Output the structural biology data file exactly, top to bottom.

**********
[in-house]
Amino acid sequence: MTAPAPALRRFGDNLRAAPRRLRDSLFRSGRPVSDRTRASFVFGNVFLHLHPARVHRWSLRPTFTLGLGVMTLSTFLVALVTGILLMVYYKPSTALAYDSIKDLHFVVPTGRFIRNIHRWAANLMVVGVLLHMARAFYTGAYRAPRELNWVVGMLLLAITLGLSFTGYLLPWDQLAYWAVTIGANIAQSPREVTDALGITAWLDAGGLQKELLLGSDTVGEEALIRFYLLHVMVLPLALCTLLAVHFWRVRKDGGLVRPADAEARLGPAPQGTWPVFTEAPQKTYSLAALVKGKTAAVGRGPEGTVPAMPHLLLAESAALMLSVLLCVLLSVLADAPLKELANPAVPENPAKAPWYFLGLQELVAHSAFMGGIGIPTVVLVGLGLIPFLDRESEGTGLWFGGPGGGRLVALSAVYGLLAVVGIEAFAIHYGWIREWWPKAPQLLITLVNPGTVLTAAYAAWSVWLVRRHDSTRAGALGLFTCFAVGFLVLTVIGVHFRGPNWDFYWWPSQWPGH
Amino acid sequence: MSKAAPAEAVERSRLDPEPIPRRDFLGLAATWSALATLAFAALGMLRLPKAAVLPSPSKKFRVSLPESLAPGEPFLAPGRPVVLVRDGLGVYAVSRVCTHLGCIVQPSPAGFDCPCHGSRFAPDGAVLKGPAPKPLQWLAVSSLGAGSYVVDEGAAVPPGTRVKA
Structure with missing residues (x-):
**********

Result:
[in-house]
Amino acid sequence: MTAPAPALRRFGDNLRAAPRRLRDSLFRSGRPVSDRTRASFVFGNVFLHLHPARVHRWSLRPTFTLGLGVMTLSTFLVALVTGILLMVYYKPSTALAYDSIKDLHFVVPTGRFIRNIHRWAANLMVVGVLLHMARAFYTGAYRAPRELNWVVGMLLLAITLGLSFTGYLLPWDQLAYWAVTIGANIAQSPREVTDALGITAWLDAGGLQKELLLGSDTVGEEALIRFYLLHVMVLPLALCTLLAVHFWRVRKDGGLVRPADAEARLGPAPQGTWPVFTEAPQKTYSLAALVKGKTAAVGRGPEGTVPAMPHLLLAESAALMLSVLLCVLLSVLADAPLKELANPAVPENPAKAPWYFLGLQELVAHSAFMGGIGIPTVVLVGLGLIPFLDRESEGTGLWFGGPGGGRLVALSAVYGLLAVVGIEAFAIHYGWIREWWPKAPQLLITLVNPGTVLTAAYAAWSVWLVRRHDSTRAGALGLFTCFAVGFLVLTVIGVHFRGPNWDFYWWPSQWPGH
Amino acid sequence: MSKAAPAEAVERSRLDPEPIPRRDFLGLAATWSALATLAFAALGMLRLPKAAVLPSPSKKFRVSLPESLAPGEPFLAPGRPVVLVRDGLGVYAVSRVCTHLGCIVQPSPAGFDCPCHGSRFAPDGAVLKGPAPKPLQWLAVSSLGAGSYVVDEGAAVPPGTRVKA
Structure with missing residues (x-):